A small group of protesters Saturday took complaints about COVID-19-related closures to the beach.
Advertised as a "Beach Lives Matter" protest following the announcement Galveston would close its beaches for the Independence Day holiday weekend, the gathering featured some chanting, some yelling, and two people receiving tickets after they ventured out into the Gulf of Mexico, violating the city's closure rules.
"I just feel like they've gone too far with taking away our rights and freedoms over a virus that has a very, very high recovery rate," said Kelly Porter, a Galveston resident who was one of the first people to show up at the protest location and one of the people to ultimately be ticketed. "Our freedoms are slipping away more and more each day."
The protest did not have a central organizer. A Facebook event that advertised an all-day protest at multiple spots on the seawall claimed that as many as 1,100 people were planning to show up.
At 10 a.m., the event's advertised start time, just four people stood protesting at the seawall at 39th Street. Over the next two hours, the protest would grow to about 20 people.
Galveston Mayor Jim Yarbrough on Wednesday announced Galveston beaches would be completely closed during the Fourth of July weekend and that parking would be prohibited on Seawall Boulevard. The closure is an effort to drastically reduce the number of people visiting Galveston, which can draw tens of thousands on holiday weekends.
The closures appear to have worked. Traffic on Seawall Boulevard was light Saturday. There was no wait at the Galveston-Port Bolivar Ferry, and restaurant parking lots were empty.
Some of the protesters claimed Yarbrough's order violated the Texas Open Beaches Act, a state law that guarantees public access to beaches. City officials say the beach closures were approved by the Texas General Land Office, which enforces the open beaches act — and previously prevented the city from closing beaches or beach access points.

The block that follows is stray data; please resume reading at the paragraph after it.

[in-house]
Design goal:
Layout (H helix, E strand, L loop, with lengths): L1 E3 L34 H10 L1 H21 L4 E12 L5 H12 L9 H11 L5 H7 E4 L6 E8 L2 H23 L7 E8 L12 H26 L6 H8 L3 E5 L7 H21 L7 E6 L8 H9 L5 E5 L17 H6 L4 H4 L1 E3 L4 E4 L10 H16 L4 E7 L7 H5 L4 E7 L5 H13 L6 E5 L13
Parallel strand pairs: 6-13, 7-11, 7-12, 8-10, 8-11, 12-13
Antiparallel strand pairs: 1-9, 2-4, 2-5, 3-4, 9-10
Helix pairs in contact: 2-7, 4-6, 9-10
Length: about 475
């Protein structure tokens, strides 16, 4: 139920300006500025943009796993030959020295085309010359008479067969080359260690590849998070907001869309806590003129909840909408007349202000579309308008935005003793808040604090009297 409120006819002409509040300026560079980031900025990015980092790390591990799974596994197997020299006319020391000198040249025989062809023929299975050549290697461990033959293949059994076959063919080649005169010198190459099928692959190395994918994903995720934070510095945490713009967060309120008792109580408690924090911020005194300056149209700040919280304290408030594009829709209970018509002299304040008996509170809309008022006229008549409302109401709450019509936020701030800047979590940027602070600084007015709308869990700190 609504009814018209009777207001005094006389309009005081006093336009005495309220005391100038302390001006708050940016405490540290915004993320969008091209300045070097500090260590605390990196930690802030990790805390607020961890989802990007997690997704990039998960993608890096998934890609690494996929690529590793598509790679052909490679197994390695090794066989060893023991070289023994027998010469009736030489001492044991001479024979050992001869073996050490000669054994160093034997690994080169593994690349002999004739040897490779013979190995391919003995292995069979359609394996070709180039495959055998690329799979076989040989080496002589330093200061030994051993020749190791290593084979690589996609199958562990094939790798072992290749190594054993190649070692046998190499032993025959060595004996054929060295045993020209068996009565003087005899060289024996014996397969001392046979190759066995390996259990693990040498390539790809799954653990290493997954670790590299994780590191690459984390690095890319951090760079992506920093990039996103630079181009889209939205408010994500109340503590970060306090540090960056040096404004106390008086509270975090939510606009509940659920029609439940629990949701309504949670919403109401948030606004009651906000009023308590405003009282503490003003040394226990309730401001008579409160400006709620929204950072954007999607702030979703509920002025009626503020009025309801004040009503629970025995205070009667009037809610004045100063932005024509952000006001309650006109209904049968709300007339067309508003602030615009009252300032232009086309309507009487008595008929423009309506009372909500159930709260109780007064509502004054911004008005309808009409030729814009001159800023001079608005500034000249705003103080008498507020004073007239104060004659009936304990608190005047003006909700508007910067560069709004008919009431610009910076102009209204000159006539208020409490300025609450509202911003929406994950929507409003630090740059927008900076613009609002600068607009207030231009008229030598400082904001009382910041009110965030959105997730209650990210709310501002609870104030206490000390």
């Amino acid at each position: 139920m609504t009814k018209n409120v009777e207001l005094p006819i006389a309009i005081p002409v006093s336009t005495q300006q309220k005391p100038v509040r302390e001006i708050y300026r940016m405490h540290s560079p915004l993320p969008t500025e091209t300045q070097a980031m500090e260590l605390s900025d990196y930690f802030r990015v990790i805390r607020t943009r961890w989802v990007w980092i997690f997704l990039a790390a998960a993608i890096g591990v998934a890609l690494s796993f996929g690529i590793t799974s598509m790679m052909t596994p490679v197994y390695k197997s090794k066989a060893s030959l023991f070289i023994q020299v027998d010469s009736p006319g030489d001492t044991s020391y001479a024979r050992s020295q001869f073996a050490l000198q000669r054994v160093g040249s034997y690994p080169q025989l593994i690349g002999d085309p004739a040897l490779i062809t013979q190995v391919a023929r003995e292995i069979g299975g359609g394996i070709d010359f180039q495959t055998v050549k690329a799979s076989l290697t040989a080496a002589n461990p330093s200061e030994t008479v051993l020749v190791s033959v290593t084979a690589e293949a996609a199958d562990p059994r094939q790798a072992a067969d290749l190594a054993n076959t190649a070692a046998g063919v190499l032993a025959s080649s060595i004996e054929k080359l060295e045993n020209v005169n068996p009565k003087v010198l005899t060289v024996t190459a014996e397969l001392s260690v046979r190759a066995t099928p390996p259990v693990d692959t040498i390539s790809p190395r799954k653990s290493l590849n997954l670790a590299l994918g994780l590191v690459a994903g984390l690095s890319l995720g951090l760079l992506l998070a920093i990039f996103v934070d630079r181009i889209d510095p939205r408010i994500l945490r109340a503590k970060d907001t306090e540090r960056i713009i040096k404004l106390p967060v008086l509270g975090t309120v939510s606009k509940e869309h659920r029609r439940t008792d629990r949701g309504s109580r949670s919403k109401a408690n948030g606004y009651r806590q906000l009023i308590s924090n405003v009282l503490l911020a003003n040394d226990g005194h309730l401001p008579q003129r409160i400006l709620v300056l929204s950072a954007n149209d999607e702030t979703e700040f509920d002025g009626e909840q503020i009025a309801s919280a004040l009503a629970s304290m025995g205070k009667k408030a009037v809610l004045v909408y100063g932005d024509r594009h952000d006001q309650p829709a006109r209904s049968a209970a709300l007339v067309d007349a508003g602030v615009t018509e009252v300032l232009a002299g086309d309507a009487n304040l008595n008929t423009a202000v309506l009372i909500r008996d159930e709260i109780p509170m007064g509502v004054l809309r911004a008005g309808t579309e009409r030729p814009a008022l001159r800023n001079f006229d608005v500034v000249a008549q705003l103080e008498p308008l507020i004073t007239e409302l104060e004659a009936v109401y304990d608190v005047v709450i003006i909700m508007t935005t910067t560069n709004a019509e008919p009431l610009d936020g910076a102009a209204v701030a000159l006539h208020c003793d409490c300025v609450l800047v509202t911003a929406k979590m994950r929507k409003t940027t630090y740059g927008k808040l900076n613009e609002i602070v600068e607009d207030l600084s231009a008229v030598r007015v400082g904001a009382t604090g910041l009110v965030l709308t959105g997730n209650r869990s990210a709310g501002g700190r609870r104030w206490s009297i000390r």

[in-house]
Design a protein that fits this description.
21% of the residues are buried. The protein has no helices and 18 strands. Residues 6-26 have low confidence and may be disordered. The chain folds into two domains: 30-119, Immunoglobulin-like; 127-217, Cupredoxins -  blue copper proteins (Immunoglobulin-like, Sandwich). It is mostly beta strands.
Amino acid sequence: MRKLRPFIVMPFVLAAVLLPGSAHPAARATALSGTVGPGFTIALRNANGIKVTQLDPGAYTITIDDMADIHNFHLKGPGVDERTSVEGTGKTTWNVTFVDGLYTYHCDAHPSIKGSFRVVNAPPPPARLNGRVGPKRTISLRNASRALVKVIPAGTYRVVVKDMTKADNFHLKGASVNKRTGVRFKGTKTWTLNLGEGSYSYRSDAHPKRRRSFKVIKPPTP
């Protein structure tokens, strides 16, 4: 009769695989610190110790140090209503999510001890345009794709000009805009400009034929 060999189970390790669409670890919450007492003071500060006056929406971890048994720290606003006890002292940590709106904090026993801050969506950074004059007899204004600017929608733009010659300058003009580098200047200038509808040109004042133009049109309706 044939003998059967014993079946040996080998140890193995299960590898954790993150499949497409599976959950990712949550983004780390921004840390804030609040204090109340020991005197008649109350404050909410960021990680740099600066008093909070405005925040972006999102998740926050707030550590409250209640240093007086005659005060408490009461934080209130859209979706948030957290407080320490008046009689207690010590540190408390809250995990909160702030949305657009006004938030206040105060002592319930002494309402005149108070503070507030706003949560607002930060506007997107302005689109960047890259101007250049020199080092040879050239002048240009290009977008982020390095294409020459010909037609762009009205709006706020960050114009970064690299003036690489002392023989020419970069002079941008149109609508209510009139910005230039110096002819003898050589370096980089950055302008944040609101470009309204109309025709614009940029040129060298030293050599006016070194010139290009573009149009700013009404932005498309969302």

About an hour into the event, a group of protesters crossed the barricade and waded into the water. A group of Galveston Police Department officers arrived and warned the people on the beach that they would be ticketed, possibly arrested, if they did not leave.
The protesters returned to the seawall, but a short while later, Porter and six others returned to the sand.
At least two people received $500 tickets for violating the city's beach order. No one was arrested.
Police officers also urged people who stayed on the seawall to keep moving or to move to a city park farther down the street to avoid violating the city's rule that prohibited people from sitting or gathering on the seawall.
Many of the protesters said they didn't understand the order and said the beach should be considered a safe and healthy place to visit during the coronavirus pandemic.
Most of the protesters didn't wear masks. Some said they didn't believe coronavirus precautions recommended by public health officials were necessary.
"It's my right to speak my mind and my right to be on that beach," said Galveston resident Mark McQuade. "I think the mayor is a coward. They're all afraid of this COVID-19 thing. There's no mask that's going to help you do anything. It's government overreach."
McQuade had a balaclava-type face mask wrapped around his neck and head, said he was wearing it to protect against the sun, not the virus. He said he takes his mask off after walking into local stores.
Others lamented the cost the beach closure would have on local businesses.
Yarbrough's order does not explicitly close businesses, but the beach closure unquestionably decreased the number of people visiting island restaurants Saturday.
"I'm here out of the goodness of my heart and for these tourists and what they're losing here," said Angelia Gay, a League City resident. "The business owners, they're hemorrhaging money. I've never seen parking lots so empty on the Fourth of July. People are hemorrhaging money here for an ideology that I'm not even sure we have the science to back up."
Gay agreed that if the beaches were open, Galveston would be "booming." Still even with light crowds, Gay said she planned to go back home for lunch.
"Going into businesses is way riskier than going to the beach," she said. "Don't go to the restaurants unless you're picking up something inside. I'm not an advocate for going in these buildings and spreading COVID. I'm an advocate for being able to go to your beaches."